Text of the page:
Investing with your spouse can be a difficult transition as you get married. Some people decide to keep their investments separate and others decide to combine finances when they get married. There is no right or wrong answer, but there are some things to understand about your investments and income when you get married. There are four types of joint ownership accounts in Texas – Community Property, Tenants in Common (TIC), Joint Tenants with Right of Survivorship (JTWROS), and Tenancy by the Entirety (TBE). Let’s dive in to why you would use each of these accounts.
First, I want to discuss asset ownership as defined by community and separate property in the state of Texas. Community property means spouses own (and owe) everything equally. Before you get married, everything you own, whether a car, a home, or your investments, is considered separate property. This means there is no divided ownership and if you were to pass away, the assets would be distributed to the stated beneficiaries as directed in your will. When you get married, this changes. Unless you follow the necessary steps to keep your assets as separate property, some of them may become community property. Individual retirement accounts (IRA’s) are always considered separate property, but an individual brokerage account could become community property once you “tie the knot”. All income received while married, whether earned income or passive income, is considered community property. Community property joint brokerage accounts can only be opened by a married couple. The assets are held equally between spouses. If one owner dies, the decedent’s portion of the account will pass on to their estate. If each spouse is the beneficiary for the other spouse, then the surviving spouse takes on full ownership of the assets.
Now that you have a better understanding on how Texas views the ownership of certain assets, we can now discuss the various types of joint brokerage accounts. The most common type of joint account is Tenants in Common (TIC). This is an account where two or more people share ownership of an asset. The ownership is not always equal, depending on the TIC agreement when opening the account. For example, one owner could have a 60% ownership interest and the other a 40% ownership interest. When a tenant passes away, their share of the ownership is passed to their estate, not to directly to the other tenants. This means a TIC account has no rights of survivorship. If the TIC account is owned by a married couple and they have designated each other as primary beneficiaries, the surviving spouse receives full ownership of the assets as stipulated by the decedent’s estate. This type of account also allows an owner to pass money to heirs instead of a spouse if they desire.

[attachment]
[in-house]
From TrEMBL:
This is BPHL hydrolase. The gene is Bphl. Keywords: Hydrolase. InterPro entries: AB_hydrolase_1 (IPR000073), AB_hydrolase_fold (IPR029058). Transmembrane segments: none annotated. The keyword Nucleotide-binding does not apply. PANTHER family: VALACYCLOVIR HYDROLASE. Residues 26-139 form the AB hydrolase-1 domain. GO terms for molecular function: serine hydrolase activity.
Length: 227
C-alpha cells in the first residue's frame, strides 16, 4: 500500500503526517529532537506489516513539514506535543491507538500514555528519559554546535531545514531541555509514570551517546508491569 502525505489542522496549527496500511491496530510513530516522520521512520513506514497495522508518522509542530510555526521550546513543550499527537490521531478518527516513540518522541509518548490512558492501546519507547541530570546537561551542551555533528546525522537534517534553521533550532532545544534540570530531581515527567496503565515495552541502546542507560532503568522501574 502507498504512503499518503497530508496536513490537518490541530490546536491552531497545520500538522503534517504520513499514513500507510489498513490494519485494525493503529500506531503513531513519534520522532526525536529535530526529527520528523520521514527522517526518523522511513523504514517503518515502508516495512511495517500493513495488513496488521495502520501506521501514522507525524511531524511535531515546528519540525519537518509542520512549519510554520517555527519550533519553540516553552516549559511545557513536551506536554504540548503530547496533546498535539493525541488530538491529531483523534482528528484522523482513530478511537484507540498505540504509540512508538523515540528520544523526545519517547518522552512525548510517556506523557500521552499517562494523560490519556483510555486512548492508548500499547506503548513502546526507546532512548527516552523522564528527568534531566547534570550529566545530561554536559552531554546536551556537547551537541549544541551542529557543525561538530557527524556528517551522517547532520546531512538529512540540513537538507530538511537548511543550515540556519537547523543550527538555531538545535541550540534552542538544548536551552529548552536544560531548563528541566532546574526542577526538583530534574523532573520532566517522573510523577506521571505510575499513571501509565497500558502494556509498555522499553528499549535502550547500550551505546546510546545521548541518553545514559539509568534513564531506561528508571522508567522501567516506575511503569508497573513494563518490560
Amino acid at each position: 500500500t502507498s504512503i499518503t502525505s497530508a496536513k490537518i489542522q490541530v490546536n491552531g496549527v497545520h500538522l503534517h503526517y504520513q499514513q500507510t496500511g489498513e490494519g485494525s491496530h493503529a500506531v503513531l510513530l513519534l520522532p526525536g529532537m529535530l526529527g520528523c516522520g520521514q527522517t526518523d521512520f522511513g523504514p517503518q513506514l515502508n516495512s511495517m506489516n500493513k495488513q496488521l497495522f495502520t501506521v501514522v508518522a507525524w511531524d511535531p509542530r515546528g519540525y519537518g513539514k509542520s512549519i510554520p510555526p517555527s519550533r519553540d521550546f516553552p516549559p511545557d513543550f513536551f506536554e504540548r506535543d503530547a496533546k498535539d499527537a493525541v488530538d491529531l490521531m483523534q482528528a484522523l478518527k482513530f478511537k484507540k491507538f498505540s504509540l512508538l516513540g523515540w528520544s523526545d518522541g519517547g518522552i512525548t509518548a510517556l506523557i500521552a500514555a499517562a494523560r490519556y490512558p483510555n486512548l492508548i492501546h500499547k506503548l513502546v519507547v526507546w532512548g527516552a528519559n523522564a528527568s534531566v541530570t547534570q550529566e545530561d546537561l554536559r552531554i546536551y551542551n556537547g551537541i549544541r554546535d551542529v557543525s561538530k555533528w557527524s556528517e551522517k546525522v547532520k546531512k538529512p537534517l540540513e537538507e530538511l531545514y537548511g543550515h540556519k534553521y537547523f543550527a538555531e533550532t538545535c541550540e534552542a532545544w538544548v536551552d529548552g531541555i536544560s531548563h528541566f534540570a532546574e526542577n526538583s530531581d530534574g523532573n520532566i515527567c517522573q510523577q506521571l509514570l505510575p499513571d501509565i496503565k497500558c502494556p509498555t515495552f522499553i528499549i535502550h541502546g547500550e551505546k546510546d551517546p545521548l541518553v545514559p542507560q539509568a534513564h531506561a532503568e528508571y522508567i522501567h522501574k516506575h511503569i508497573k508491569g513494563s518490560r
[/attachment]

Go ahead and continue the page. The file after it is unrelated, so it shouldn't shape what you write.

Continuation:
The next type of joint brokerage account is Joint Tenants with Right of Survivorship (JTWROS). This account has two distinct features in the name – joint tenants and right of survivorship. This is a joint account, just like community property and TIC accounts. The right of survivorship is where this account is different. This stipulates that when one of the owners dies, the surviving owner receives the decedents share of ownership. A JTWROS account avoids probate (when the court reviews the decedents will) by automatically transferring the assets to the surviving owner. Because of this automatic transfer of assets, it may be more difficult to pass money to your heirs. No matter how this account is funded, there is always equal ownership.
The last type of joint account to understand is Tenancy by the Entirety (TBE). This type of account can only be opened by a married couple, just like a Community Property account. Like a JTWROS account, a TBE account passes assets upon death to the surviving spouse. The most important distinction between a Tenancy by the Entirety account and TIC or JTWROS is the consent of the other tenant is required before any asset can be sold or gifted. A Tenancy by the Entirety is mostly used in the ownership of real assets, such as real estate.
Every account has its place for estate planning reasons. Your plans on how to pass on your wealth when you die, estate taxes, personal goals and other things all go into the decision-making process for opening a joint account. There is no one right answer because each couple views their finances differently. Understanding how assets are owned and what happens to them upon your death is an important part of solid financial planning. Consult your estate and financial planning professionals for advice on asset ownership.
*The information presented here is not specific to any individual’s personal circumstances. FMP Wealth Advisers is not providing investment, tax, legal, or retirement advice or recommendations in this article.
**To the extent that this material concerns tax matters, it is not intended or written to be used, and cannot be used, by a taxpayer for the purpose of avoiding penalties that may be imposed by law. Each taxpayer should seek independent advice from a tax professional based on his or her individual circumstances.
***These materials are provided for general information and educational purposes based upon publicly available information from sources believed to be reliable — we cannot assure the accuracy or completeness of these materials. The information in these materials may change at any time and without notice.
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